NE Scotland Regional Research Framework - Neolithic
The Early Neolithic (4000 BC – 3300 BC) is characterised by the appearance of large rectangular halls and cursus monuments. Burial monuments include long and round barrows and cairns. The first pottery appears, and artefact types include polished stone axe-heads. The Late Neolithic (3300 BC – 2500 BC) sees the widespread appearance of new burial practices and material culture, including Grooved Ware pottery, carved stone balls and maceheads. Monument types include stone circles, henges and rock art.
The Agenda gives an overview of the principle themes that research should follow in NE Scotland for the Neolithic. Each research question directly relates to ScARF.
What is the overall pattern of settlement, land use and subsistence activity and how and why does it change?
What was the nature of Middle and Late Neolithic habitation structures? In other words, are we dealing with a change in building techniques, away from the Early Neolithic rectangular, post/post and plank-built construction (as the Late Neolithic 'four poster' structures suggest) - and were these structures used in a different way from Early Neolithic houses?
What can be said about the nature of, and changes in, society from the evidence currently available? Clearly this part of Scotland became involved in the larger social changes from c 3000 BC onwards, but did the nature of society change? Why was this region the epicentre for the production and use of carved stone balls? How exactly were the large 'palisade' enclosures used? And how does the practice of creating and using rock art articulate with other expressions of belief and ritual practice?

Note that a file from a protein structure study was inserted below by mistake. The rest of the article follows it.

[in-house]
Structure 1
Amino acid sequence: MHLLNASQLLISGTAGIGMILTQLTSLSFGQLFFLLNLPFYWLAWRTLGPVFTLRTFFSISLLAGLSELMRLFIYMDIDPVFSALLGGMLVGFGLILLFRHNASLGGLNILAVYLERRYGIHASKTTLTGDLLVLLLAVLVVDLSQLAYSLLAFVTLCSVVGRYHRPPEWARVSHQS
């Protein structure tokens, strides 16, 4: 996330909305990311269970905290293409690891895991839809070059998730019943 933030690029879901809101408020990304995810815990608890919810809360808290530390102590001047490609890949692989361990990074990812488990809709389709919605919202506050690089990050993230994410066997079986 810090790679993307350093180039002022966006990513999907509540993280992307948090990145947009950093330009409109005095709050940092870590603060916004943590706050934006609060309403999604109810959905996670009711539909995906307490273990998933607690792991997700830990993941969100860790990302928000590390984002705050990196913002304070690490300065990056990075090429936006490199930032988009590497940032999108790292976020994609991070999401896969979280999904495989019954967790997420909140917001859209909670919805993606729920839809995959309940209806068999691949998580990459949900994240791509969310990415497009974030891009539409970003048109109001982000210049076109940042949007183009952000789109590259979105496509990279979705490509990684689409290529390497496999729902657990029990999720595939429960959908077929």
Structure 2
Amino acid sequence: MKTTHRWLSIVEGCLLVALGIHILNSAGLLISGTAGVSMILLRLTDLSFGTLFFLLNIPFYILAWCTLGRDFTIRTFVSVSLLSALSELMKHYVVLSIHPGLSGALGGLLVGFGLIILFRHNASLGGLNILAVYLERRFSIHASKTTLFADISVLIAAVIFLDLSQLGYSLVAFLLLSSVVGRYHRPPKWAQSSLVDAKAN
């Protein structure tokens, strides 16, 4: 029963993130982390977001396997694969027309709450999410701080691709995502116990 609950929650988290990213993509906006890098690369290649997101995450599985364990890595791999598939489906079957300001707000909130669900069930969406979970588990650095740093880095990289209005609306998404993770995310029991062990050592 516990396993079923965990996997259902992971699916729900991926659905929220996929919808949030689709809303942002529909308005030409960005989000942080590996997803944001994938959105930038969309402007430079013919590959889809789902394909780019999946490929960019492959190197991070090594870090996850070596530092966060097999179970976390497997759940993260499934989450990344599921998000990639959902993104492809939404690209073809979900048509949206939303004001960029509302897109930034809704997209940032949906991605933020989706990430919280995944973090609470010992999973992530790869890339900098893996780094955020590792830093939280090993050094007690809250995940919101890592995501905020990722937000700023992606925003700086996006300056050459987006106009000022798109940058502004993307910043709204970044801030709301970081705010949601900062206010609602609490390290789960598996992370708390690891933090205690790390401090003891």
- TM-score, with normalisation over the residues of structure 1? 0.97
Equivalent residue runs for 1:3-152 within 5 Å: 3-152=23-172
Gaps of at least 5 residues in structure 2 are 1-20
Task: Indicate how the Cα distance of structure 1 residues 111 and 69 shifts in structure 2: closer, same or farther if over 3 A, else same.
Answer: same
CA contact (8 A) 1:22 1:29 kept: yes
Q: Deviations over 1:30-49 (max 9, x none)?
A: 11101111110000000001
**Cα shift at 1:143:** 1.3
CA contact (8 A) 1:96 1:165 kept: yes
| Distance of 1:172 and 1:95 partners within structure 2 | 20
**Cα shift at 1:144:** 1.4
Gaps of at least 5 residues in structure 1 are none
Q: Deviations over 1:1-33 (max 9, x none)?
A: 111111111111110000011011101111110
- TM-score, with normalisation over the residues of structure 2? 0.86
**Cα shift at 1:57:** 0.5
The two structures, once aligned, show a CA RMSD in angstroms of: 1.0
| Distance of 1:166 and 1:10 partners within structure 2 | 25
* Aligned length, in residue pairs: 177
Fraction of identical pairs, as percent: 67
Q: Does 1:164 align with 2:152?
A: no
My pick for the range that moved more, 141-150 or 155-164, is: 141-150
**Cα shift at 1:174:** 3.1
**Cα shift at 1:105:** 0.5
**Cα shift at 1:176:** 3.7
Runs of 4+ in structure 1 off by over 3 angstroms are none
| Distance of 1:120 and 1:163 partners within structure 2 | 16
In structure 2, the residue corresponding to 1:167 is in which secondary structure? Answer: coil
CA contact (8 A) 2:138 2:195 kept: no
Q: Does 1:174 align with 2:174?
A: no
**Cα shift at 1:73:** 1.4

How many of the timber/pit circles and henges or henge-like sites known from the aerial record actually belong to the Late Neolithic?
Relatively little is known about the use of animals in this part of Scotland, since bone assemblages do not survive well in the free-draining soils. There is a need to find many more, and larger, assemblages in order to improve our understanding of species exploitation and management techniques.
What prompted the initiation of flint mining on the Buchan Ridge Gravels? Could it have been a reaction to the existence of a flourishing specialist flintworking tradition in North Yorkshire?
The Littleour Grooved Ware assemblage needs to be re-dated, and the existing dates critically re-evaluated; and there is a general need to round up all the existing dating information about all Neolithic pottery in this region, to refine our developmental sequence.
The dating of Neolithic non-megalithic round mounds needs to be improved.
More examples of the 'four post' timber circle structures need to be excavated, to investigate their nature, use and relationship with other similarly-shaped structures elsewhere.
How many of the stone circles in this region date to the Neolithic?
The use and significance of cursus monuments and bank 'barrows' needs to be clarified.